In May 2000, three mid-size U.S. cities (Portsmouth, New Hampshire; Denver, Colorado; and Washington, D.C.) took part in a large-scale exercise spanning several days to see how local, state, and national emergency systems would respond to three potential disasters—nuclear, biological, and chemical attacks by terrorists. The biological attack scenario, played out in Denver, showed that most local and regional authorities, even those who had been specially trained, were underprepared to deal with a large communicable disease outbreak and were overwhelmed by the complex coordination, decisionmaking, and management needed to contain and control the spread of disease. When the scenario ended (after four days), between 950 and 2,000 people had "died" and the disease had spread throughout the United States and to other countries.

While being prepared for a possible terrorist attack is important, the more insidious threat to the American economy and the safety of its citizens is the daily, routine transportation of goods, products, and people, along with the diseases and pests they carry, across borders. Constructing robust, multi-agency systems to identify, eliminate, and control "normal" disease and pest outbreaks will lower that quotidian threat, while at the same time building a foundation of skilled individuals and systems to help prevent and respond rapidly to a potential biological terrorism event.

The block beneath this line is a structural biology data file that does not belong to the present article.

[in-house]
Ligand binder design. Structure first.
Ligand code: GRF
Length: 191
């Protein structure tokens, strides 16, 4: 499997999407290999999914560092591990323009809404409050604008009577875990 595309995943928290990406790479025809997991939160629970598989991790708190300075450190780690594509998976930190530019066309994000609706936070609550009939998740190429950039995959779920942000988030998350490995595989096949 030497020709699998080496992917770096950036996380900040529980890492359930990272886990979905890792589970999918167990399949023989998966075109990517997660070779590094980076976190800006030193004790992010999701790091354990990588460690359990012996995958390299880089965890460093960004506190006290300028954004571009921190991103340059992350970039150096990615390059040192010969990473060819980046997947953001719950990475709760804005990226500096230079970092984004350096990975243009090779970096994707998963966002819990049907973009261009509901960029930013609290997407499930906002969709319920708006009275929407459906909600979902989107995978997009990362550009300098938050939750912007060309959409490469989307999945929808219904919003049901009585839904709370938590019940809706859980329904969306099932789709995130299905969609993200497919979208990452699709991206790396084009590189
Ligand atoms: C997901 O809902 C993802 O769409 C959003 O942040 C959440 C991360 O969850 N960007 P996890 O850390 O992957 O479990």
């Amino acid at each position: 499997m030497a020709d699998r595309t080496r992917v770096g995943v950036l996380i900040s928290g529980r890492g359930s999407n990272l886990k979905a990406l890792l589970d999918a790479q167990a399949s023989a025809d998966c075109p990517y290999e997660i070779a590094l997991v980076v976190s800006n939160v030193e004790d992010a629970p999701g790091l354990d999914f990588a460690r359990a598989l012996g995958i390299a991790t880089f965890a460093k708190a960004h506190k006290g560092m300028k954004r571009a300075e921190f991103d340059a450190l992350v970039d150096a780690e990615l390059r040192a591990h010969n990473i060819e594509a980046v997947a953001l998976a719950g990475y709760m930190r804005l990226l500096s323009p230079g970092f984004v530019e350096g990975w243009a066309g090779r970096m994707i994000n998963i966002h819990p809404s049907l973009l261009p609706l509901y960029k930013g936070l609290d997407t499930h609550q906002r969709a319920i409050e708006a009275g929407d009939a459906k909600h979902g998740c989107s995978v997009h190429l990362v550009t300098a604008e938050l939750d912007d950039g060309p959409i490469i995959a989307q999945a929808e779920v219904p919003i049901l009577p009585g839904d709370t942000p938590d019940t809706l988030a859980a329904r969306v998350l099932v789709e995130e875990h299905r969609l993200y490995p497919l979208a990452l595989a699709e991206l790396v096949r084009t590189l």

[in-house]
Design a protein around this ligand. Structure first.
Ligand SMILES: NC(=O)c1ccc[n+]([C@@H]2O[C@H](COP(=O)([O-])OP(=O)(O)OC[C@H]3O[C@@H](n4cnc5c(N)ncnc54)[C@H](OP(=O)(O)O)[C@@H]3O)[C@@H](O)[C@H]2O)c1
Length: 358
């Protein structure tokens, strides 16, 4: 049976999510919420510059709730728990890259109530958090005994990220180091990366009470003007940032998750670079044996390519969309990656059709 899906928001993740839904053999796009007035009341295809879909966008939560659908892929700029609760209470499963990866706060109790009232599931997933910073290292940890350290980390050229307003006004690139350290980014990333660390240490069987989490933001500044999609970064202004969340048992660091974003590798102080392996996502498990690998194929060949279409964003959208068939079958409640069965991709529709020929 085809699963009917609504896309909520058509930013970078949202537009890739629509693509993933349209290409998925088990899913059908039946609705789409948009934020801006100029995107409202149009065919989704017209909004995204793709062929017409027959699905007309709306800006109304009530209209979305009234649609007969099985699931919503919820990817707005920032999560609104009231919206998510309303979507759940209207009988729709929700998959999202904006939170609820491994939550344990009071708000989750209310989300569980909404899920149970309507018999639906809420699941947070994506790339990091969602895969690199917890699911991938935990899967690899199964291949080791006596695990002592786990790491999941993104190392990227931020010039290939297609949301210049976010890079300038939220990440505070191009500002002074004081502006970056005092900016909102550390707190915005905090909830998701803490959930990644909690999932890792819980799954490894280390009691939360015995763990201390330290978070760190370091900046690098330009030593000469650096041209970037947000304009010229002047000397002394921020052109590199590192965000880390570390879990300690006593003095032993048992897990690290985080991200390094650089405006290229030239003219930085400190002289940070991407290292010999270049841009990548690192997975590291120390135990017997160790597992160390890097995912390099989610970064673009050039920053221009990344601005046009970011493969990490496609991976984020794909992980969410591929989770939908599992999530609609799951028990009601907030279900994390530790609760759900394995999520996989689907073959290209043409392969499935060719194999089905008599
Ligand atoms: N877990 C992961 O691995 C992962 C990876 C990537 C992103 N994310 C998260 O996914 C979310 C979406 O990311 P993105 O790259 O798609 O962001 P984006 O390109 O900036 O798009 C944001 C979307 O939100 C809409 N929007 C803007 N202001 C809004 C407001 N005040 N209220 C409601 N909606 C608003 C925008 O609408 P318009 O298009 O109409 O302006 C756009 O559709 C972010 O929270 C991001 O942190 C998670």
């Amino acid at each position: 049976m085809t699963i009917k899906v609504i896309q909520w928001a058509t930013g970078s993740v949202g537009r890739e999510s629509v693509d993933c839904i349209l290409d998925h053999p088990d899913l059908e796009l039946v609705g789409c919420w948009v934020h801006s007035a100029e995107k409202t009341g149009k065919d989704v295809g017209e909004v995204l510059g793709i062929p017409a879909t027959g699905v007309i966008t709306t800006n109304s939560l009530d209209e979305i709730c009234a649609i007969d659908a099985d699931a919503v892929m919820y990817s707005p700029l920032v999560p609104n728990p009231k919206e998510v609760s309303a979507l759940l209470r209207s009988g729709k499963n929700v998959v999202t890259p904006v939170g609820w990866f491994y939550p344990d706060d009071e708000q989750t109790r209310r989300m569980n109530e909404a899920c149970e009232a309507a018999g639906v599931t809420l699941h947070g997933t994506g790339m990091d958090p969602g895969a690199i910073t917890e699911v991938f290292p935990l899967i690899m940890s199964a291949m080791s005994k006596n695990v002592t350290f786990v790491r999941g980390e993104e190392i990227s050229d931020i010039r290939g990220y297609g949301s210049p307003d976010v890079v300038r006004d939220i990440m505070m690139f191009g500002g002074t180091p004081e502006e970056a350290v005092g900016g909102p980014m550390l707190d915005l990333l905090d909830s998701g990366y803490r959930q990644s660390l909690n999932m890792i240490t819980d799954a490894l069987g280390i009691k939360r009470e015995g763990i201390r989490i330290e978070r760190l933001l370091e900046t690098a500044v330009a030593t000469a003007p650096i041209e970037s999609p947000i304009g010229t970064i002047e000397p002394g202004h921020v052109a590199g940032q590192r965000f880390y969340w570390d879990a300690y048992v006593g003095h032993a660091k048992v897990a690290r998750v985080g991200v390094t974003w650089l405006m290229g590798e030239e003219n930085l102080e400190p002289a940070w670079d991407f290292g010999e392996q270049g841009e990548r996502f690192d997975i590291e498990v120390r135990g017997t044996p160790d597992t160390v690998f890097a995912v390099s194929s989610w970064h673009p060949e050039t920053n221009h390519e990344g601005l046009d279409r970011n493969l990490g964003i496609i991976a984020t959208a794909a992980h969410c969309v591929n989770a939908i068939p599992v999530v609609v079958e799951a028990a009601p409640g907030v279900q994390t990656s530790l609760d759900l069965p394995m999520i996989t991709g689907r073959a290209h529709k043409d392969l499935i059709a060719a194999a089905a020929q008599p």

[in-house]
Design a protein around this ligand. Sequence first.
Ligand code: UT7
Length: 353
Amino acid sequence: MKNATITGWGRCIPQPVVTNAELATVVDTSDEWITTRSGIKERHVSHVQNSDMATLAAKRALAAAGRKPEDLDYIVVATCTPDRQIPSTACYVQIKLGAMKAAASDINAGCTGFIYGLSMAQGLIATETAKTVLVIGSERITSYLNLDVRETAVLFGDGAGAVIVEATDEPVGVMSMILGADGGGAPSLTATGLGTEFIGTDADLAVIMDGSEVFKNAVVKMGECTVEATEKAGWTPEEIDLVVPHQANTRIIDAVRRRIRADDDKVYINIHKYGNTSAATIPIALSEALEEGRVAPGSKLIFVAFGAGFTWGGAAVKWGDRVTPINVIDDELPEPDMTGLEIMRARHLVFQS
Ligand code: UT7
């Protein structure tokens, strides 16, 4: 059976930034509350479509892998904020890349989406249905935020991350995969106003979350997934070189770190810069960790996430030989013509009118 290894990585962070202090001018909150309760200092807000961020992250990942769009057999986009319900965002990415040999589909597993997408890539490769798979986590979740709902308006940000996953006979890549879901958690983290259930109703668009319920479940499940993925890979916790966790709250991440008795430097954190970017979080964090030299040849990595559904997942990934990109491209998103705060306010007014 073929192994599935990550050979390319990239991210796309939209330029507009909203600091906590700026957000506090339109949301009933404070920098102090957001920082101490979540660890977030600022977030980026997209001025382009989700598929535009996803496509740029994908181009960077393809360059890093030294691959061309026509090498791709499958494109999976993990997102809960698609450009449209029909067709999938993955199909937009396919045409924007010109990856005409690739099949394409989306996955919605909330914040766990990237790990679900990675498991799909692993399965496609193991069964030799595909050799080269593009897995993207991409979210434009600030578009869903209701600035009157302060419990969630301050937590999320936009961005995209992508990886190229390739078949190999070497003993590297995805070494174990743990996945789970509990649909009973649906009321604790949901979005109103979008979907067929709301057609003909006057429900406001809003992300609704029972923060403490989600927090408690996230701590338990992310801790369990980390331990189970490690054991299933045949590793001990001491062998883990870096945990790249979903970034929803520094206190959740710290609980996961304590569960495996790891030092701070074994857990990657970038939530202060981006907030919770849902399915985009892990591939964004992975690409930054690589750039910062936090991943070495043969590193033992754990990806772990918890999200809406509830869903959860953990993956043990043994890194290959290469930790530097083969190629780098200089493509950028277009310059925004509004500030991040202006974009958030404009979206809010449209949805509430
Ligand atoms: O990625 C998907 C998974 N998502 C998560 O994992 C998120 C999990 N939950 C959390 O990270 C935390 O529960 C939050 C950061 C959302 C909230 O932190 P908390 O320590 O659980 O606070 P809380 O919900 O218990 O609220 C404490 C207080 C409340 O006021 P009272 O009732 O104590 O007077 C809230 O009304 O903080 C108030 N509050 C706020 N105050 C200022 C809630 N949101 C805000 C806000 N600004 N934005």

What Needs to Be Done?

Recognizing and assessing U.S. vulnerabilities in protecting against, containing, and treating diseases is the first step toward building a comprehensive system to lower the risk of disease outbreaks. The Denver exercise, for example, was part of an ongoing training effort that exposed the need for greater coordination in decisionmaking, communication, and emergency relief efforts. The West Nile virus has likewise proved the value of increased training and coordination among health, animal, and plant disease authorities. After people started falling sick from a mysterious encephalitis infection, animal control authorities began investigating increased crow deaths in the same region. They discovered that crows also die from the West Nile virus and may facilitate its spread. The Agriculture Department has begun to assess its own infrastructure and training gaps, and its Animal and Plant Health Inspection Service is now constructing an emergency management center to handle disease outbreaks in U.S. plants and animals.